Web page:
Majel Barrett Roddenberry
Majel Barrett-Roddenberry (1932-2008), born Majel Leigh Hudec, was a US-American actress and "the First Lady of Star Trek". She married Gene Roddenberry in 1969 and had several roles in Star Trek, such as Nurse Christine Chapel (who later became Doctor Chapel) in "The Original Series," Lwaxana Troi Daughter of the Fifth House, Holder of the Sacred Chalice of Rixx, Heir to the Holy Rings of Betazed (Counselor Deanne Troi's Betazoid mother) in "The Next Generation" and "Deep Space Nine" and provided the voice of the computers in most of the episodes and movies (via).
"A desire for equality was clearly integrated within Star Trek from Roddenberry's pilot episode, although representations of gender do not always fare particularly well - in the first instance because of network and audience objections." (Johnson-Smith, 2005)In 1964, Majel Barrett appeared in the very first Star Trek pilot "The Cage" where she played the USS Enterprise's first officer "Number One". She did not represent the typical 1960s woman since the character written had "a highly superior computerized and logical mind", made her own decisions (Foster, 2011), was cool and efficient (Johnson-Smith, 2005). The "character's strength and authority in the Star Trek universe as a woman was unsettling" (via) so NBC insisted on Roddenberry giving the role to a man (via) because the network felt the public was "unprepared to see a woman in such a position of authority". Reactions of the test audience were ambiguous ranging from resentment to disbelief (Johnson-Smith, 2005). Both men and women in the test audience seemed to be uncomfortable with turning traditional gender roles upside down. Roddenberry was particularly disappointed with the reaction of the women to seeing a woman in a command role (DuPree, 2013). He said: "You might have thought the ladies in our test audience would have appreciated 'Number One'. Instead, their comments were, 'Who does she think she is?" (Wildermuth, 2014, p. 79). According to audience questionnaires, however, they liked the actress (Johnson-Smith, 2005).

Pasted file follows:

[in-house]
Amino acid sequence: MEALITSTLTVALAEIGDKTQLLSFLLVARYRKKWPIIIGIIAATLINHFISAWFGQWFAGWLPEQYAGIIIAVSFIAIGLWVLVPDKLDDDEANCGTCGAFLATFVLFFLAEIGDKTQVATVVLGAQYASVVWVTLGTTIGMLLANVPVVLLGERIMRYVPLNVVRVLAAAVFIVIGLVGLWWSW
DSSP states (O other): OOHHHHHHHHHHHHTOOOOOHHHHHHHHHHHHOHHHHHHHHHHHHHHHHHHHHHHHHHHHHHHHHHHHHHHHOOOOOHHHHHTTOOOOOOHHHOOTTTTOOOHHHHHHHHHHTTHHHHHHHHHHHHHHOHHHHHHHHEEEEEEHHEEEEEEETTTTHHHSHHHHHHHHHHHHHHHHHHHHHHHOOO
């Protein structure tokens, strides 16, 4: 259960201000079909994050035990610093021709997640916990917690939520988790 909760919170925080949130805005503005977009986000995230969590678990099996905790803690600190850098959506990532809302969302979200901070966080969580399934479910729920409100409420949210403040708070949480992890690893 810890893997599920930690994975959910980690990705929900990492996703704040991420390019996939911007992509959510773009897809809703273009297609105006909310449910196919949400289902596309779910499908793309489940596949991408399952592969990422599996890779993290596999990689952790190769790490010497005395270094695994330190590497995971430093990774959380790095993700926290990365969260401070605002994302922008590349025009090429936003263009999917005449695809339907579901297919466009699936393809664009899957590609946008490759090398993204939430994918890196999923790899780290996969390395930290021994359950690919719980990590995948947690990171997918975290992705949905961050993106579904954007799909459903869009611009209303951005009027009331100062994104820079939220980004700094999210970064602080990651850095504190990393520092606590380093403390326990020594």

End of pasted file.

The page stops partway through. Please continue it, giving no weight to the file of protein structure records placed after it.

The network did not like Spock either so Roddenberry "kept the Vulcan and married the woman, 'cause he didn't think Leonard [Nimoy] would have it the other way around." (via). The second pilot, in fact, was made with Spock as second-in-command. Obviously, "audiences could cope with an alien man as second-in-command more readily than a human woman" (Johnson-Smith, 2005).
"Back in those days before women's lib was even heard of, I put a woman second in command of our starship." Gene Roddenberry (quoted after Wildermuth, 2014, p. 79)"The Cage" came out one year after Betty Friedan's "The Feminine Mystique" which criticised social circumstances that encouraged women to stay in the home. "The Feminine Mystique may well have been the seminal feminist work of the 1960s and in part responsible for the birth of the modern women's movement, but the reactions to Roddenberry's efforts to raise the public consciousness of women's rights suggest that Americans did pay attention to science fiction art and literature." (Foster, 2011).
"When Roddenberry filmed "The Cage", he tried something remarkably cutting-edge. He gave the role of the ship's first officer to a woman. Majel Barrett, Roddenberry's lover and future wife, played the role of "Number One", Captain Christopher Pike's second in command. Roddenberry drew particular attention to the fact that women served as active members of the crew, even if his main character was not comfortable with the idea. In the episode, the starship Enterprise had recently run into some nefarious aliens, resulting in the death of a few of her crew members. Pike's yeoman, who had been killed in the incident, was replaced by a young woman named Gilman. When Gilman appears on the bridge to deliver Pike a report he was expecting, Pike yelled, "Gilman, I thought I told you when I'm on the bridge, I don't want you (here)!" Number One pointed out, "She's replacing your former yeoman, Sir." Pike replied almost apologetically, "She does a good job alright. It's just that I can't get used to the idea of having a woman on the bridge." Realizing his faux pas, Pike said, "No offense, Lieutenant. You're different, of course." His first officer's reaction suggested that she did not know whether to be more bothered by her captain's discomfort with having women on the bridge or by the implication that he could not see her as both a valued officer and a woman."
Foster (2011, p. 37)
- DuPree, M. G. (2013). Alien Babes and Alternate Universes. The Women of Star Trek. In: Reagin, N. (ed.) Star Trek and History, 280-294, Hoboken: John Wiley & Sons.
- Foster, A. E. (2011). Integrating Women Into The Astronaut Corps. Politics and Logistics at NASA, 1972-2004. Baltimore: The Johns Hopkins University Press.
- Johnson-Smith, J. (2005). American Science Fiction TV: Star Trek, Stargate and Beyond. London: I. B. Tauris & Co. Ltd.
- Wildermuth, M. E. (2014). Gender, Science Fiction Television, and the American Security State: 1958-Present. New York: Palgrave Macmillan.
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Related posting: The Nonstereotypical Role of Lieutenant Uhura